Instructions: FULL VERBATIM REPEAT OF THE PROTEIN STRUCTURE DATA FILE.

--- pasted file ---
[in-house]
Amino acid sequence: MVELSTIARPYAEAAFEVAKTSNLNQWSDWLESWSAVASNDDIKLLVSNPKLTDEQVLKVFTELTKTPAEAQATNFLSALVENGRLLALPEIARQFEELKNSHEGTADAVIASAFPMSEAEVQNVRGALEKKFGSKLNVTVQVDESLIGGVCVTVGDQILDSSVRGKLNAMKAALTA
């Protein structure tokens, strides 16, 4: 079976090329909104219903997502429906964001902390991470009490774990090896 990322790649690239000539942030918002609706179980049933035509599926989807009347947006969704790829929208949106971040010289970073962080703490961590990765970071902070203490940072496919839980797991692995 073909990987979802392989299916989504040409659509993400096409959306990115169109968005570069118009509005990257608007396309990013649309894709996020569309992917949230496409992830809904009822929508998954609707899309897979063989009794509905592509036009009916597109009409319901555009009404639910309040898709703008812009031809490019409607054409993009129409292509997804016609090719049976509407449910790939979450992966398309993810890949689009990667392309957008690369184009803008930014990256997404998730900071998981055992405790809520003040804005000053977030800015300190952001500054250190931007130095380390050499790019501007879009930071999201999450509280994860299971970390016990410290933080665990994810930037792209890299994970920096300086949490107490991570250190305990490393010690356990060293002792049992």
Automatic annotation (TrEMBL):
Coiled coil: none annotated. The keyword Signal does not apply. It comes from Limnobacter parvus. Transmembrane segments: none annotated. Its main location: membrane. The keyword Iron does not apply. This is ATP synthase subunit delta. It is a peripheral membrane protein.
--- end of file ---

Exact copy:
[in-house]
Amino acid sequence: MVELSTIARPYAEAAFEVAKTSNLNQWSDWLESWSAVASNDDIKLLVSNPKLTDEQVLKVFTELTKTPAEAQATNFLSALVENGRLLALPEIARQFEELKNSHEGTADAVIASAFPMSEAEVQNVRGALEKKFGSKLNVTVQVDESLIGGVCVTVGDQILDSSVRGKLNAMKAALTA
């Protein structure tokens, strides 16, 4: 079976090329909104219903997502429906964001902390991470009490774990090896 990322790649690239000539942030918002609706179980049933035509599926989807009347947006969704790829929208949106971040010289970073962080703490961590990765970071902070203490940072496919839980797991692995 073909990987979802392989299916989504040409659509993400096409959306990115169109968005570069118009509005990257608007396309990013649309894709996020569309992917949230496409992830809904009822929508998954609707899309897979063989009794509905592509036009009916597109009409319901555009009404639910309040898709703008812009031809490019409607054409993009129409292509997804016609090719049976509407449910790939979450992966398309993810890949689009990667392309957008690369184009803008930014990256997404998730900071998981055992405790809520003040804005000053977030800015300190952001500054250190931007130095380390050499790019501007879009930071999201999450509280994860299971970390016990410290933080665990994810930037792209890299994970920096300086949490107490991570250190305990490393010690356990060293002792049992």
Automatic annotation (TrEMBL):
Coiled coil: none annotated. The keyword Signal does not apply. It comes from Limnobacter parvus. Transmembrane segments: none annotated. Its main location: membrane. The keyword Iron does not apply. This is ATP synthase subunit delta. It is a peripheral membrane protein.